Today we face a side that has won 22 of its 23 Premier League games, and drew the other one. They are on course to break all kinds of records and top the table by 16 points with a game in hand. And that game is against us! I’m not sure that bookmakers have fully grasped how one-sided this game is going to be. We are quoted at around 17/2 to win the game, which means that if the game were played 100 times they believe we would win 12 of them. I think if this game were played 100 times then we would be lucky to win one of them, and that would rely on Liverpool having their pre-match meal at a   certain hotel in Canary Wharf.

Throughout the past sixty years of watching our club, I have often felt that we could spring a surprise and get something against the top teams. But this one is different. We really have virtually no chance whatsoever based upon our recent games. After the dismal display away to Leicester, and then the even more abysmal performance against West Brom, I think we’ll be doing well to keep the score down to four or five. A reverse by four goals would see us drop into the bottom three, and looking at the fixtures coming up we could be well adrift of the pack by the end of February.

I hope I’m being unduly pessimistic. Usually I am unrealistically optimistic that we can win games against superior opponents, but quite frankly not this time. So many fans reckon that it has never been this bad. It certainly has in the days of Avram Grant and Glenn Roeder. And even more revered managers have been in charge when we have been relegated before. But what began as a season with high hopes has very quickly turned sour, and looks like it will rank with some of our worst in the top flight.

We urgently need some new faces in so many positions both in the team and in the squad as a whole. We definitely need more pace in the side, especially in midfield. I was thinking about some of the midfielders we’ve let go in recent times as I watched the lack of movement in the West Brom game. Edmilson Fernandes, Cheikhou Kouyate, and Pedro Obiang all had some limitations, but all had attributes that would have been useful this season. Personally I particularly liked Obiang but just like Upton Park, it is water under the bridge now.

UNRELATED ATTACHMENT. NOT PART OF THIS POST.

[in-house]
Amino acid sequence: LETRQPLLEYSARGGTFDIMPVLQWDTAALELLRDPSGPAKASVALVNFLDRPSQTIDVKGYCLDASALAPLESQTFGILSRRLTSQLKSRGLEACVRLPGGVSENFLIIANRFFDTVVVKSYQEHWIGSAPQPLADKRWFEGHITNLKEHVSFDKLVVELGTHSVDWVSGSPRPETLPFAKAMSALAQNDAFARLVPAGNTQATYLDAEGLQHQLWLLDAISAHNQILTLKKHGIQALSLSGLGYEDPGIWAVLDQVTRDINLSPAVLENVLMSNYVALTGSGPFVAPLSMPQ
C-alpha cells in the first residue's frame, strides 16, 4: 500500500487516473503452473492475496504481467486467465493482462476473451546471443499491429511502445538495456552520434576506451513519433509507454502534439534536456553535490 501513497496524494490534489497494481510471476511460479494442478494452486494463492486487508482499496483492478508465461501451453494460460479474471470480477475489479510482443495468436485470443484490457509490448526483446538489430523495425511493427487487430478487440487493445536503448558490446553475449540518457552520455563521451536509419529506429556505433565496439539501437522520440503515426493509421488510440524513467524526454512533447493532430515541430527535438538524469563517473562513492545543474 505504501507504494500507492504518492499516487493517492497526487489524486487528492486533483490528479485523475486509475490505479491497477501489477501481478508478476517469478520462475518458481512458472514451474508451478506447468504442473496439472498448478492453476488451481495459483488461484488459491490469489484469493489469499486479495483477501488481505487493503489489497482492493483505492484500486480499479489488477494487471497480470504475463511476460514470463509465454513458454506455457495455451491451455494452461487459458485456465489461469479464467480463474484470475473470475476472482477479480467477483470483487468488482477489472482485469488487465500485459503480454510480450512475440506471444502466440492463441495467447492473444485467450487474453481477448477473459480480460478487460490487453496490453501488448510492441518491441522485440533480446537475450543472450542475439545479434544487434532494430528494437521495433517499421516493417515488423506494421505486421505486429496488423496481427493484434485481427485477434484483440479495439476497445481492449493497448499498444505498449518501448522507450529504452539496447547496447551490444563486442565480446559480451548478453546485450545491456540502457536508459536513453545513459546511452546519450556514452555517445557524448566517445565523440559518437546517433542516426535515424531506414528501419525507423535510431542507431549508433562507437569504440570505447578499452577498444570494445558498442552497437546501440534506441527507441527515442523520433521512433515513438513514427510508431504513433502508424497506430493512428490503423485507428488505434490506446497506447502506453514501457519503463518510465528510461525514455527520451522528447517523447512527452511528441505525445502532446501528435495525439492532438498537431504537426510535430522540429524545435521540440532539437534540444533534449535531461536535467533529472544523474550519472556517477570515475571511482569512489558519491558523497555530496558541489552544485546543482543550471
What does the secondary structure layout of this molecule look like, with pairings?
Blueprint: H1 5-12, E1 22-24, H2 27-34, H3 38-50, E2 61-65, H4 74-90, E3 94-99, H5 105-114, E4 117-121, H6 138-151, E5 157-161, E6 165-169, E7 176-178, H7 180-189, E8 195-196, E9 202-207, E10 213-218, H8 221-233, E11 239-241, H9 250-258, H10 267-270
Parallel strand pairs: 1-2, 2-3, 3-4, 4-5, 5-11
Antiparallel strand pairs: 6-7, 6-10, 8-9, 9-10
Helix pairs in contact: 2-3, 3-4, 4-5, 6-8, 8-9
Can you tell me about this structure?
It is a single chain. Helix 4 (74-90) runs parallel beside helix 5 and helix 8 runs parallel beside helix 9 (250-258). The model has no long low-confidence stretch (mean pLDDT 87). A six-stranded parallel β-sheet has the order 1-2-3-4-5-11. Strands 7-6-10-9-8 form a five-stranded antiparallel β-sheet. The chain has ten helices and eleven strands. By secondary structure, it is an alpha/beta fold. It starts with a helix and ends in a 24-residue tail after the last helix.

As I write this it would appear that the signing of Tomas Soucek is close, although I never trust these “signings” until I see the player at the London Stadium photographed wearing the claret and blue shirt. He has quite a reputation but I am not sufficiently versed in Czech football to have an opinion. Others are urgently needed too before the window closes on Friday.

Perhaps our recent performances have finally galvanised the owners into buying players that have been required for so long now. But why are they leaving it so late? As fans we all knew what was needed. Perhaps the fans unrest is beginning to sink in. As it is, any new recruits will have to try to settle into a side in the midst of a relegation dogfight. That will not be easy. Nevertheless it is probably our only chance of avoiding the drop.

We also need our injured players back quickly (particularly Anderson), and for Antonio (and others) to remain injury-free. Diangana has been earning rave reviews in the Championship, and although he is currently injured I don’t think it’s a long term thing. He may not be the answer but I am surprised he hasn’t been recalled to bolster the squad as is our right at this time.

There is so much we do need to do if we are to avoid going down into the Championship. We definitely need to avoid losing this game by more than three goals to avoid occupying one of the relegation positions with just 14 games of the season left to go. And we need to beat Brighton this weekend in view of the other more difficult games that are coming up in February. We need a lot, don’t we? I think that tonight we need a miracle. But very occasionally miracles do happen! Let us pray for one today.